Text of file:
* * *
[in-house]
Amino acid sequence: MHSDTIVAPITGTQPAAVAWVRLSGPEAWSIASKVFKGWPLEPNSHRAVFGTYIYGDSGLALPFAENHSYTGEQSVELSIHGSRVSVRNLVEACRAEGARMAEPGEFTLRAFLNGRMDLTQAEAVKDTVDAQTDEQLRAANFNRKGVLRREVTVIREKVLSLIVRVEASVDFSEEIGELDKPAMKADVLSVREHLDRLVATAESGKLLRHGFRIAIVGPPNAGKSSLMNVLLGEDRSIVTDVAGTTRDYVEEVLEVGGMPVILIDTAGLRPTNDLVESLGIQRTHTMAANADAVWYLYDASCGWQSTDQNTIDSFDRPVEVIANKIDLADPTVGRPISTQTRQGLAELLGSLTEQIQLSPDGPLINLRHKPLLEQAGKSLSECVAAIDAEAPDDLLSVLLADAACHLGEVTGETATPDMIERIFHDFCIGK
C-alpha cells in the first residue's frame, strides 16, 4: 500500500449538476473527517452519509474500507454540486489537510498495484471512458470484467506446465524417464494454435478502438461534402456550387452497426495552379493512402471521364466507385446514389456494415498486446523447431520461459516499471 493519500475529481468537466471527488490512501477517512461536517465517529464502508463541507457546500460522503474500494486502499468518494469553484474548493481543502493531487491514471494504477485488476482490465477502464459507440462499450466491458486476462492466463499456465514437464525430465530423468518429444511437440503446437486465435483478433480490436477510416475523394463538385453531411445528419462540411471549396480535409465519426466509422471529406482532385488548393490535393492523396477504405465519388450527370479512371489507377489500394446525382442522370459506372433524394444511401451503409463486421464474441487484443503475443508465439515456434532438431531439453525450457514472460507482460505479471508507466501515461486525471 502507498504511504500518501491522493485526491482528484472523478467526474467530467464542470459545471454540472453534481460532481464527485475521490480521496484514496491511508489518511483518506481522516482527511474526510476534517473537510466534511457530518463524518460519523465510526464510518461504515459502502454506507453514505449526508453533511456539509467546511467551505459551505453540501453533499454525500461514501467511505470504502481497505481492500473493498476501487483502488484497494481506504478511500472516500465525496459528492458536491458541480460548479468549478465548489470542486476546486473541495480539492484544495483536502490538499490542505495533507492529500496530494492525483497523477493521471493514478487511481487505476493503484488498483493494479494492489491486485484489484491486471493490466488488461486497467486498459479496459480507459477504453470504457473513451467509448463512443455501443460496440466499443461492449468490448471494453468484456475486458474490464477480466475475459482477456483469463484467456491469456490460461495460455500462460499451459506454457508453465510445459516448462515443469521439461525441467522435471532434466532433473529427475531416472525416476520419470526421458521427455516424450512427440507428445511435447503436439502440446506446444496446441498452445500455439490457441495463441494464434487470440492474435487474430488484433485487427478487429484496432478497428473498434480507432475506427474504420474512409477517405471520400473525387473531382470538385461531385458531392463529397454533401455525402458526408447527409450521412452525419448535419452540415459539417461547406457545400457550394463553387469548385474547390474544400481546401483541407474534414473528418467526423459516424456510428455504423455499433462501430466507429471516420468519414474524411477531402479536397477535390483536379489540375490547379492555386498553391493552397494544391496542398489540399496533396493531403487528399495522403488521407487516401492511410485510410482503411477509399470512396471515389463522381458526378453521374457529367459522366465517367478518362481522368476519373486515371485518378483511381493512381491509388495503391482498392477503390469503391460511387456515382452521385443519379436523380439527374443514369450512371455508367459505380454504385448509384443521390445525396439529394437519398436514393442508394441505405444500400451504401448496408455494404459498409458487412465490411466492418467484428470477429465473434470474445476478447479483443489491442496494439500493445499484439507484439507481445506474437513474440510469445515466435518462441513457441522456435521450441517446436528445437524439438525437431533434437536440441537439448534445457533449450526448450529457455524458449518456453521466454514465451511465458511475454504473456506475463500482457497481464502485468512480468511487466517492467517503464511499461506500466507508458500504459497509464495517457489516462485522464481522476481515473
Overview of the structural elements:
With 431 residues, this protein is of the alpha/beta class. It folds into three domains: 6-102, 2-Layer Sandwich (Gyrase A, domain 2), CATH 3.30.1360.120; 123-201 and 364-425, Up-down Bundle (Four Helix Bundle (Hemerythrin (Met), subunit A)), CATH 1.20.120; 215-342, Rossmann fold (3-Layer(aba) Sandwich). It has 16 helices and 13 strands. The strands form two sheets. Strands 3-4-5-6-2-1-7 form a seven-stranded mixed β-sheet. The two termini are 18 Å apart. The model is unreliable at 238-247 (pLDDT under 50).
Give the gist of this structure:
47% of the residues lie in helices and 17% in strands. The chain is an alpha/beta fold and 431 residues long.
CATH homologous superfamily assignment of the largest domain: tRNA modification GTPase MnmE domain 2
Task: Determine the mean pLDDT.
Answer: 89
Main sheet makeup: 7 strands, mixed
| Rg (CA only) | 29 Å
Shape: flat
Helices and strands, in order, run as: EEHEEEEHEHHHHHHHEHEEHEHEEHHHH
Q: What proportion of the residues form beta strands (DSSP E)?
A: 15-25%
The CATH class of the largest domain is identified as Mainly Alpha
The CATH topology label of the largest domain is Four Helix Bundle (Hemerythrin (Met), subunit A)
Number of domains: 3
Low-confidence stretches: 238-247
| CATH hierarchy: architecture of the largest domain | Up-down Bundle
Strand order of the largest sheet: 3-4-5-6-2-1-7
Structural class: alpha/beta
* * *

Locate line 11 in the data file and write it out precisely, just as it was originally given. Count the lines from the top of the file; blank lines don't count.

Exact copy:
Main sheet makeup: 7 strands, mixed